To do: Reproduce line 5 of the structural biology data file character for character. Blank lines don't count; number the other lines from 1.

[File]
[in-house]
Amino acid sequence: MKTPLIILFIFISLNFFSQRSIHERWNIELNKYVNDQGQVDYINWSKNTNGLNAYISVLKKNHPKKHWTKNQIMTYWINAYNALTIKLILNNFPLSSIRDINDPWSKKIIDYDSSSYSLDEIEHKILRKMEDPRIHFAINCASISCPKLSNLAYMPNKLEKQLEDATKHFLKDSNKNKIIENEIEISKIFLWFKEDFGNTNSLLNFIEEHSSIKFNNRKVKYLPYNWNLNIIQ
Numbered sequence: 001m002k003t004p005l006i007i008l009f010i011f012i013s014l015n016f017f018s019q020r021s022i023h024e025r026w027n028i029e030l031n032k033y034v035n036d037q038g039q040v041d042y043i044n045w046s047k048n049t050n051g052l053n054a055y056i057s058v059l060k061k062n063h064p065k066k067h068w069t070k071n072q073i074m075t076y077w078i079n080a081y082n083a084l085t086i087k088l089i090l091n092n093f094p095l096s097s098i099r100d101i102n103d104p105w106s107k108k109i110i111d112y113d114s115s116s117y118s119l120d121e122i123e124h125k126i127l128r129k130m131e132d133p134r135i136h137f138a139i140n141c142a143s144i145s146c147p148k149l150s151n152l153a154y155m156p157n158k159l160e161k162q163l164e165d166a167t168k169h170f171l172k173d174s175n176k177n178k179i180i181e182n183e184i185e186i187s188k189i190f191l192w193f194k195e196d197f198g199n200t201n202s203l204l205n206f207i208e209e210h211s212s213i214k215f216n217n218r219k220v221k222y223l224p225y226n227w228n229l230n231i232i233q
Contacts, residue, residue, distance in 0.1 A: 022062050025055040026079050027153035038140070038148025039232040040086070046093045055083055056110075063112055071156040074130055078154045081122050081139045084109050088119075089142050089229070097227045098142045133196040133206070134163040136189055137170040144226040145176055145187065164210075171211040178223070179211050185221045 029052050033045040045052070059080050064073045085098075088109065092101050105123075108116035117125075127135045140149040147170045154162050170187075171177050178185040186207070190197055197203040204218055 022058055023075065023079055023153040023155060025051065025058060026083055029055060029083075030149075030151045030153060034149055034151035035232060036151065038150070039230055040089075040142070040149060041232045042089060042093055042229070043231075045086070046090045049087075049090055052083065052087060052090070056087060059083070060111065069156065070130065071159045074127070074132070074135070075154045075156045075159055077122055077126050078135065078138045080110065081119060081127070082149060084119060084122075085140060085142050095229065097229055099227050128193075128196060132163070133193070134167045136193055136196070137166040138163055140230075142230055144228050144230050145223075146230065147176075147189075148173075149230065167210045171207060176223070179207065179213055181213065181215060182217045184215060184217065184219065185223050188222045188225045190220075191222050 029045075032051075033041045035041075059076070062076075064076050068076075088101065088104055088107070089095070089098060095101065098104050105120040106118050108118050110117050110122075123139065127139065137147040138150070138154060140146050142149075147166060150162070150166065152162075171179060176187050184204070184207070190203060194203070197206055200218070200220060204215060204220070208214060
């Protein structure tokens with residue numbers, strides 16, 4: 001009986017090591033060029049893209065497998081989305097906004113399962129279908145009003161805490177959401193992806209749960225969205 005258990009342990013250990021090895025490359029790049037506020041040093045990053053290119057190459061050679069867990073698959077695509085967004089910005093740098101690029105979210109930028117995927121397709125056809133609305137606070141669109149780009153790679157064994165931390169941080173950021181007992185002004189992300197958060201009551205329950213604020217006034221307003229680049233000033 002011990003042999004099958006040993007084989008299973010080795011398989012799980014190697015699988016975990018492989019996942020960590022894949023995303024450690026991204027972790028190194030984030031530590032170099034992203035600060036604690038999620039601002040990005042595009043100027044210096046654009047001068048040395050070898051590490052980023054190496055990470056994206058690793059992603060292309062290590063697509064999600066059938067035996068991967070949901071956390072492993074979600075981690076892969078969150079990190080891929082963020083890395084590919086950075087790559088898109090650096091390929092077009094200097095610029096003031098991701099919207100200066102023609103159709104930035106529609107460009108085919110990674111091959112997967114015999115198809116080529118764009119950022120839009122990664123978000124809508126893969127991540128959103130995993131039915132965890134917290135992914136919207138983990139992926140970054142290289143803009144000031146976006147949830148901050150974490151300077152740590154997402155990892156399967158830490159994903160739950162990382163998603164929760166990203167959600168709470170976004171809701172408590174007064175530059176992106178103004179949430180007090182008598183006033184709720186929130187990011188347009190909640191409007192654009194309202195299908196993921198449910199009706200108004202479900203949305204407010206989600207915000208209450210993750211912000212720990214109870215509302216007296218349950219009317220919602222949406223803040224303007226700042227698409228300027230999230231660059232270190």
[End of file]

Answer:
């Protein structure tokens with residue numbers, strides 16, 4: 001009986017090591033060029049893209065497998081989305097906004113399962129279908145009003161805490177959401193992806209749960225969205 005258990009342990013250990021090895025490359029790049037506020041040093045990053053290119057190459061050679069867990073698959077695509085967004089910005093740098101690029105979210109930028117995927121397709125056809133609305137606070141669109149780009153790679157064994165931390169941080173950021181007992185002004189992300197958060201009551205329950213604020217006034221307003229680049233000033 002011990003042999004099958006040993007084989008299973010080795011398989012799980014190697015699988016975990018492989019996942020960590022894949023995303024450690026991204027972790028190194030984030031530590032170099034992203035600060036604690038999620039601002040990005042595009043100027044210096046654009047001068048040395050070898051590490052980023054190496055990470056994206058690793059992603060292309062290590063697509064999600066059938067035996068991967070949901071956390072492993074979600075981690076892969078969150079990190080891929082963020083890395084590919086950075087790559088898109090650096091390929092077009094200097095610029096003031098991701099919207100200066102023609103159709104930035106529609107460009108085919110990674111091959112997967114015999115198809116080529118764009119950022120839009122990664123978000124809508126893969127991540128959103130995993131039915132965890134917290135992914136919207138983990139992926140970054142290289143803009144000031146976006147949830148901050150974490151300077152740590154997402155990892156399967158830490159994903160739950162990382163998603164929760166990203167959600168709470170976004171809701172408590174007064175530059176992106178103004179949430180007090182008598183006033184709720186929130187990011188347009190909640191409007192654009194309202195299908196993921198449910199009706200108004202479900203949305204407010206989600207915000208209450210993750211912000212720990214109870215509302216007296218349950219009317220919602222949406223803040224303007226700042227698409228300027230999230231660059232270190």